With Prime Day, Amazon Creates Urgent Shopping on Two Otherwise Nameless Summer Workdays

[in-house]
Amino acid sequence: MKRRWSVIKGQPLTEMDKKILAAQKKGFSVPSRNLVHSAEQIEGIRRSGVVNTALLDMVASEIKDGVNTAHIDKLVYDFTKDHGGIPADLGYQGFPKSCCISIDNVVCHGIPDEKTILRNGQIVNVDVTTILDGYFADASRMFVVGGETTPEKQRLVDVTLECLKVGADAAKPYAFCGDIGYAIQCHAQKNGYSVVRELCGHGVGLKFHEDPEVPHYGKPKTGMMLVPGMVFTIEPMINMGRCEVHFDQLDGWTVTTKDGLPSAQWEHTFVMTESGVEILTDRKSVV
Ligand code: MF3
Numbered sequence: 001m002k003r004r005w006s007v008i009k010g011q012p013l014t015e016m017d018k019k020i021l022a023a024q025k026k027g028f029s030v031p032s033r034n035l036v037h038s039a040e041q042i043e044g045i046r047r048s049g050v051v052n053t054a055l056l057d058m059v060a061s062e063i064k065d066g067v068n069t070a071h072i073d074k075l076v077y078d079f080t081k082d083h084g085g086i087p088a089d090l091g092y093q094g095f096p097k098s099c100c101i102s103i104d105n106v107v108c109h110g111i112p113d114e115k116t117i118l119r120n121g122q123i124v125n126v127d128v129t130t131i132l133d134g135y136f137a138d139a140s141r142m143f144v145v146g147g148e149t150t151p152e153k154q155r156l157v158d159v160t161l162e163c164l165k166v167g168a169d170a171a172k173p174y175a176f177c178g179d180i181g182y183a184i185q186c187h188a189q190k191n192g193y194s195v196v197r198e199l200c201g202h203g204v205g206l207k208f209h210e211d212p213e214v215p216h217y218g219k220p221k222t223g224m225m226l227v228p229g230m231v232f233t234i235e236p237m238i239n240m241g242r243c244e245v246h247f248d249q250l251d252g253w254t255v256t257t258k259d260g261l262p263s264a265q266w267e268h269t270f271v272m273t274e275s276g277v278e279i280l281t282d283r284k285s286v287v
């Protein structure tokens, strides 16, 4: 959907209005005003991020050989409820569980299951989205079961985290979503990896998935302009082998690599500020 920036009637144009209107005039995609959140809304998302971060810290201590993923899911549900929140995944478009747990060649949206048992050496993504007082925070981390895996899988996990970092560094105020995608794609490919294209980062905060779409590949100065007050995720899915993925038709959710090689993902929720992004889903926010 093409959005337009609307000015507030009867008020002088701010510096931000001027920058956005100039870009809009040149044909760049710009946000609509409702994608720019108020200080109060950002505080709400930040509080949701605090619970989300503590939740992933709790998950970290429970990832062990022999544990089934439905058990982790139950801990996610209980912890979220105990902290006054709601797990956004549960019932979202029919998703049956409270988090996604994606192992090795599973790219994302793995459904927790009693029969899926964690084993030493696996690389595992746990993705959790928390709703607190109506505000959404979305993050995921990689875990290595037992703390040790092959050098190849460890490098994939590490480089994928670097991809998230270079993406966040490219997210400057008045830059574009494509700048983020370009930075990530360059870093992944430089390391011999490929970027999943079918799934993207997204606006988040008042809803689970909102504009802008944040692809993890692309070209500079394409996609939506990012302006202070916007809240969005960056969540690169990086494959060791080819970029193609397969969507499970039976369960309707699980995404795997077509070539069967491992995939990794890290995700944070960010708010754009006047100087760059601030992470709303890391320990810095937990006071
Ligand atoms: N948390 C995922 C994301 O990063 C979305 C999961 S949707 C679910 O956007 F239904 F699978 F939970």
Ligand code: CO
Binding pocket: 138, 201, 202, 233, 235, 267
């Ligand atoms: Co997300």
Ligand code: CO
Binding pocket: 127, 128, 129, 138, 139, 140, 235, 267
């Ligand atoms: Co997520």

Over the weekend, millions of shoppers added notes to their to-do list that went something like this: "Check for a better price on Prime Day."And the sizzling prices they'll find starting Monday aren't limited to Amazon, which is putting on an expanded 48-hour rendition of the midsummer shopping holiday it created.If prior Prime Days are any indication, plenty of Amazon's big retail competitors, the ones who can create their own doorbusters, will also generate higher sales, said Taylor Schreiner, director of Adobe Digital Insights. Monday and Tuesday are expected to be this year's second and third $2 billion-plus online sales days, according to Adobe, which bases its analysis on actual sales transactions. The first was Memorial Day. The next won't be until Labor Day, and then there will be more during the holiday shopping season."Amazon has basically been able to create big shopping days out of nothing," Schreiner said.Amazon is forcing people to shop when they normally wouldn't by creating an irresistible cadence on a couple of summer weekdays with no holiday attached. The frenzy allows other retailers to better turn customer traffic into revenue. Target, Walmart, eBay, Kohl's, Best Buy and other retailers are capitalizing on Amazon's invention. "Big e-commerce competitors have become better at reaping the benefits of this artificial holiday," Schreiner said.Retailers are calling Monday and Tuesday their "biggest sale of the summer," offering promo codes for July 15 and 16 only and pre-Prime Day discounts for people who didn't want to wait. Macy's used the "Black Friday in July" phrase and had a countdown clock on flash sales. J.C. Penney had a Dog Days of Summer sale over the weekend that required no coupons.  Continue reading...

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